Extraction Optimising Yield for Solid/Liquid Herbal Extraction
A variety of leaves, stems, roots, seeds and barks are used in herbal extraction processes to produce traditional South East Asian and Chinese medicine, medicinal products, instant tea drinks and a wide variety of active ingredients and colours for use in industries such as food and beverage, pharmaceutical and cosmetics. The fundamental technology used has been around for many years, but SPX brings in-depth understanding and technological innovation to ensure yields are high and the process efficient.
The method for herbal extraction is very similar to making a cup of tea. Raw material is placed in a percolator and a solvent added (for tea this would be hot water). Parameters that affect the quality of the resulting product include temperature, time in the solvent, and ratio of solvent to active ingredient.
Rather than a cup or pot of tea, however, industrial-scale processes produce a few tonnes of product per hour and solvents used include fluids such as ethanol, acetone or ethyl acetate as well as water. The process temperature depends on the liquid utilised and typically varies from 70 °C to 90 °C, or up to 100 °C when water is being used.
How to Handle Hazardous Solvents
Some solvents, such as acetone, are hazardous and may have regulations associated with management of their residue. To ensure careful treatment of such substances from a health and environmental standpoint, steam can be applied though the wet cake of exhausted material in the vessel, causing the solvent to evaporate. The vapours created are guided to a condensing system and discharged either for recycling within the system or to be transported to a recycling plant, depending on system requirements.
Traditional extractors are cylindrical with ingredients being added at the top. The mixture is then stirred to bring the solvent and raw material in contact. However, this method creates issues in the process with dust being swirled through the extract fluid, impacting the downstream process. Separating the liquid and solids at the end of the process for discharge also becomes more complicated.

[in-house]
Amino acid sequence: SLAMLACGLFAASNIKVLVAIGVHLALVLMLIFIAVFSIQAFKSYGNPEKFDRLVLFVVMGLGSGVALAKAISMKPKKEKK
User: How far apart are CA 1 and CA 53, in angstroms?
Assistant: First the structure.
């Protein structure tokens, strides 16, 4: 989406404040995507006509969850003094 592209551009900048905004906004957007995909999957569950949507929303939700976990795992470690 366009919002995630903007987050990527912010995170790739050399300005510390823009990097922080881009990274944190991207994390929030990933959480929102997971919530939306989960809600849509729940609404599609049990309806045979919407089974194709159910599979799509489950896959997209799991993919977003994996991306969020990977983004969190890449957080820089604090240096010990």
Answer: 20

SPX percolators have a conical shape which distributes the solvent homogeneously while enabling easy discharge of material after the process. The liquid passes between channels in the particles of the raw material and through a sieve at the bottom of the machine. The raw material is not stirred during the process, leaving the solid bulk within the vessel undisturbed. This is combined with internal filtration during the extraction cycle to ensure that the liquid can be easily discharged at the end of the cycle. This system design requires less volume for extraction and enables the solvent to be conveniently handled in buffer/storage tanks.
Customise Your Extraction Process
Pressure can be varied from –1 to 24 bar for best process results and the filtration within these vessels offers a simpler and more efficient method of extraction. Integrated solvent recovery and liquid discharge supported by a vacuum further help with the process efficiency.
As much as technology helps to improve the yield and efficiency from the extraction process, understanding of the application and its goals are of vital importance to ensure optimal production.
SPX has a test centre in Warendorf, Germany, where pilot extraction, evaporation, distillation and drying can be carried out to trial processes and parameters used to ensure an efficient process with optimised yield and high-quality results. Pilot plants can also be rented for use at a customer’s site. Utilising the test centre and pilot plants can help determine the best type and ratio of solvent to raw material for new products and evaluate economic efficiency before investing in full-scale production capability. They further enable the design of the final system to be optimised to exactly meet the application needs and production goals.
SPX e&e Series technology is fully engineered to meet the requirements of each specific application. It is designed to be flexible, enabling adaption to different product batches, changing consumer demands and the fashions of the marketplace. Systems can be designed to handle hundreds of different raw materials to produce large batches, or just a few hundred litres of extract.
Yield is of primary importance to production costs and SPX extraction vessels are designed to maximise yield and process efficiency. Automatic filling along with quick and easy discharge of raw material and cleaning enable increased productivity with rapid changeover between batches. The process can offer steaming, vacuum stripping, percolation and solvent recovery with batch sizes from 50 l up to 20 m3. SPX extraction plants have easy accessibility and low maintenance needs with assured hygienic standards maintained through clean in place (CIP) and sterilise in place (SIP) capability. kem